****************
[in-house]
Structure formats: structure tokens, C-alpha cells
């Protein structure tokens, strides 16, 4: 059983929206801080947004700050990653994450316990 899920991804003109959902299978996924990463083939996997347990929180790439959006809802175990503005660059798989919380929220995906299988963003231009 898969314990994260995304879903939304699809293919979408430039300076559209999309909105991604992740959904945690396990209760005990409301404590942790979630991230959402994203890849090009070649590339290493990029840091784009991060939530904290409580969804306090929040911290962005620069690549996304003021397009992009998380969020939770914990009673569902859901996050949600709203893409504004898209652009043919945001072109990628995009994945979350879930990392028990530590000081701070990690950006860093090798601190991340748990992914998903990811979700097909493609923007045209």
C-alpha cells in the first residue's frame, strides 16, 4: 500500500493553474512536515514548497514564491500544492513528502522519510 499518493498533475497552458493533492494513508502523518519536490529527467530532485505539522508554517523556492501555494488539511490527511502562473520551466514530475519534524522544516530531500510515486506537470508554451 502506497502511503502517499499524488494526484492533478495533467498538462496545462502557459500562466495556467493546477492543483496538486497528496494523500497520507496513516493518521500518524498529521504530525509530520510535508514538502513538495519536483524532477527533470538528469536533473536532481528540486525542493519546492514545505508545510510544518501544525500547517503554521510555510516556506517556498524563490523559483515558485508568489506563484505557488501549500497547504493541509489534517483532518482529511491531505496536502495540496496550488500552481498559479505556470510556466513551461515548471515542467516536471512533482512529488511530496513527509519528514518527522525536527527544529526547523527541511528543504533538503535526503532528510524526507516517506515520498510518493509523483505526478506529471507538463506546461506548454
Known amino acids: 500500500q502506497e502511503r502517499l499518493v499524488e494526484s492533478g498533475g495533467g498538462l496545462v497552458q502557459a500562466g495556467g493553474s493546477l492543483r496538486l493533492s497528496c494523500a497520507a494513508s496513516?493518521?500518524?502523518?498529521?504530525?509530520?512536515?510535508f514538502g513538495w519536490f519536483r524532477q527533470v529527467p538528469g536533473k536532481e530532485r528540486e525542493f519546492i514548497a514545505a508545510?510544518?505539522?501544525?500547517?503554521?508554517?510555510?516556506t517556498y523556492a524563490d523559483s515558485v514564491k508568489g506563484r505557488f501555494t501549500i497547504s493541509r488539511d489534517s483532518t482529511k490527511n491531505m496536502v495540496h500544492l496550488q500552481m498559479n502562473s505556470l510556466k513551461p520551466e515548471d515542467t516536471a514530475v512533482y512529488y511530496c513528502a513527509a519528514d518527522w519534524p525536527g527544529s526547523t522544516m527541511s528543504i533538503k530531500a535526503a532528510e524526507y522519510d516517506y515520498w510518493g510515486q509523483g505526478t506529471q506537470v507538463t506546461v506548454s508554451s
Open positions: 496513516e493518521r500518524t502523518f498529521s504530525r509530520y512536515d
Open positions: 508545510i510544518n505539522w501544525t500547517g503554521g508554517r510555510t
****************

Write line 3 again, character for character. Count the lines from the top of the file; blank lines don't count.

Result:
């Protein structure tokens, strides 16, 4: 059983929206801080947004700050990653994450316990 899920991804003109959902299978996924990463083939996997347990929180790439959006809802175990503005660059798989919380929220995906299988963003231009 898969314990994260995304879903939304699809293919979408430039300076559209999309909105991604992740959904945690396990209760005990409301404590942790979630991230959402994203890849090009070649590339290493990029840091784009991060939530904290409580969804306090929040911290962005620069690549996304003021397009992009998380969020939770914990009673569902859901996050949600709203893409504004898209652009043919945001072109990628995009994945979350879930990392028990530590000081701070990690950006860093090798601190991340748990992914998903990811979700097909493609923007045209």